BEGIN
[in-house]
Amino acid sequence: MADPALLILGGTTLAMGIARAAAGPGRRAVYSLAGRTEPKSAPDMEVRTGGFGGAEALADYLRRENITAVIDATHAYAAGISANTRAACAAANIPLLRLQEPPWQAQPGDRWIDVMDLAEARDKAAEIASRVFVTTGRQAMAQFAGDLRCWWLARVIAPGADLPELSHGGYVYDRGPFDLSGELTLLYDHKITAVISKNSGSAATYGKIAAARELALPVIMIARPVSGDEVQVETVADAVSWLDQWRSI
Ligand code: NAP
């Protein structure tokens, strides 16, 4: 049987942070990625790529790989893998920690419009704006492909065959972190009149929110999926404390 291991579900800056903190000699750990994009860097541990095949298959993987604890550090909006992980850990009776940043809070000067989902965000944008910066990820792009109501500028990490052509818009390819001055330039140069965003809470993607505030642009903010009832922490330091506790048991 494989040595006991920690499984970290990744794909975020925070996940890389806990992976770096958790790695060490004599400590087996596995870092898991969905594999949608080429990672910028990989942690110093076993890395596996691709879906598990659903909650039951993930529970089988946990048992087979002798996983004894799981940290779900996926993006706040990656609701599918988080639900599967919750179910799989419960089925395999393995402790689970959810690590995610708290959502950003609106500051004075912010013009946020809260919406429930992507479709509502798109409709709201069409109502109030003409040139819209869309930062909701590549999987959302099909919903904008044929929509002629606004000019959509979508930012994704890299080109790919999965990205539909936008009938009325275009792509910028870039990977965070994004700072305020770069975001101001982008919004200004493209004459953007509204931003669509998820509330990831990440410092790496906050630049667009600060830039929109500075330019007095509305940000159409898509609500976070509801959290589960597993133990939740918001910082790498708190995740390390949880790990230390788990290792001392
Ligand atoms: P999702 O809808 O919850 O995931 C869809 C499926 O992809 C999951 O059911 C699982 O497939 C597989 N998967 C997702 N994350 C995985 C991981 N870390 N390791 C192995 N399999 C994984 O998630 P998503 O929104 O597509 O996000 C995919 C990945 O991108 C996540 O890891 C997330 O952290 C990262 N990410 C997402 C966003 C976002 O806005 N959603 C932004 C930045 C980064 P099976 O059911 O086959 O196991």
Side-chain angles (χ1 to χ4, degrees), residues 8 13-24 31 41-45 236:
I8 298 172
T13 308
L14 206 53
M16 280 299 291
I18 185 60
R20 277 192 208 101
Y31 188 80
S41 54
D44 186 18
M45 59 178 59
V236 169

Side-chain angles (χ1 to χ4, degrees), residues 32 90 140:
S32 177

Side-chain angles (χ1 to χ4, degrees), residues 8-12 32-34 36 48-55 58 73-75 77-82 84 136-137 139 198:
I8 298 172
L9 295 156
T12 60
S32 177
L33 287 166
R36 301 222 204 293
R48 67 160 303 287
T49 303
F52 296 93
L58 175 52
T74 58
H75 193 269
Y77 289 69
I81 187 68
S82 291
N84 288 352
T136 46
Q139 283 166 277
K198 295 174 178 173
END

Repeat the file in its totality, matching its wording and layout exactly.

[in-house]
Amino acid sequence: MADPALLILGGTTLAMGIARAAAGPGRRAVYSLAGRTEPKSAPDMEVRTGGFGGAEALADYLRRENITAVIDATHAYAAGISANTRAACAAANIPLLRLQEPPWQAQPGDRWIDVMDLAEARDKAAEIASRVFVTTGRQAMAQFAGDLRCWWLARVIAPGADLPELSHGGYVYDRGPFDLSGELTLLYDHKITAVISKNSGSAATYGKIAAARELALPVIMIARPVSGDEVQVETVADAVSWLDQWRSI
Ligand code: NAP
């Protein structure tokens, strides 16, 4: 049987942070990625790529790989893998920690419009704006492909065959972190009149929110999926404390 291991579900800056903190000699750990994009860097541990095949298959993987604890550090909006992980850990009776940043809070000067989902965000944008910066990820792009109501500028990490052509818009390819001055330039140069965003809470993607505030642009903010009832922490330091506790048991 494989040595006991920690499984970290990744794909975020925070996940890389806990992976770096958790790695060490004599400590087996596995870092898991969905594999949608080429990672910028990989942690110093076993890395596996691709879906598990659903909650039951993930529970089988946990048992087979002798996983004894799981940290779900996926993006706040990656609701599918988080639900599967919750179910799989419960089925395999393995402790689970959810690590995610708290959502950003609106500051004075912010013009946020809260919406429930992507479709509502798109409709709201069409109502109030003409040139819209869309930062909701590549999987959302099909919903904008044929929509002629606004000019959509979508930012994704890299080109790919999965990205539909936008009938009325275009792509910028870039990977965070994004700072305020770069975001101001982008919004200004493209004459953007509204931003669509998820509330990831990440410092790496906050630049667009600060830039929109500075330019007095509305940000159409898509609500976070509801959290589960597993133990939740918001910082790498708190995740390390949880790990230390788990290792001392
Ligand atoms: P999702 O809808 O919850 O995931 C869809 C499926 O992809 C999951 O059911 C699982 O497939 C597989 N998967 C997702 N994350 C995985 C991981 N870390 N390791 C192995 N399999 C994984 O998630 P998503 O929104 O597509 O996000 C995919 C990945 O991108 C996540 O890891 C997330 O952290 C990262 N990410 C997402 C966003 C976002 O806005 N959603 C932004 C930045 C980064 P099976 O059911 O086959 O196991």
Side-chain angles (χ1 to χ4, degrees), residues 8 13-24 31 41-45 236:
I8 298 172
T13 308
L14 206 53
M16 280 299 291
I18 185 60
R20 277 192 208 101
Y31 188 80
S41 54
D44 186 18
M45 59 178 59
V236 169

Side-chain angles (χ1 to χ4, degrees), residues 32 90 140:
S32 177

Side-chain angles (χ1 to χ4, degrees), residues 8-12 32-34 36 48-55 58 73-75 77-82 84 136-137 139 198:
I8 298 172
L9 295 156
T12 60
S32 177
L33 287 166
R36 301 222 204 293
R48 67 160 303 287
T49 303
F52 296 93
L58 175 52
T74 58
H75 193 269
Y77 289 69
I81 187 68
S82 291
N84 288 352
T136 46
Q139 283 166 277
K198 295 174 178 173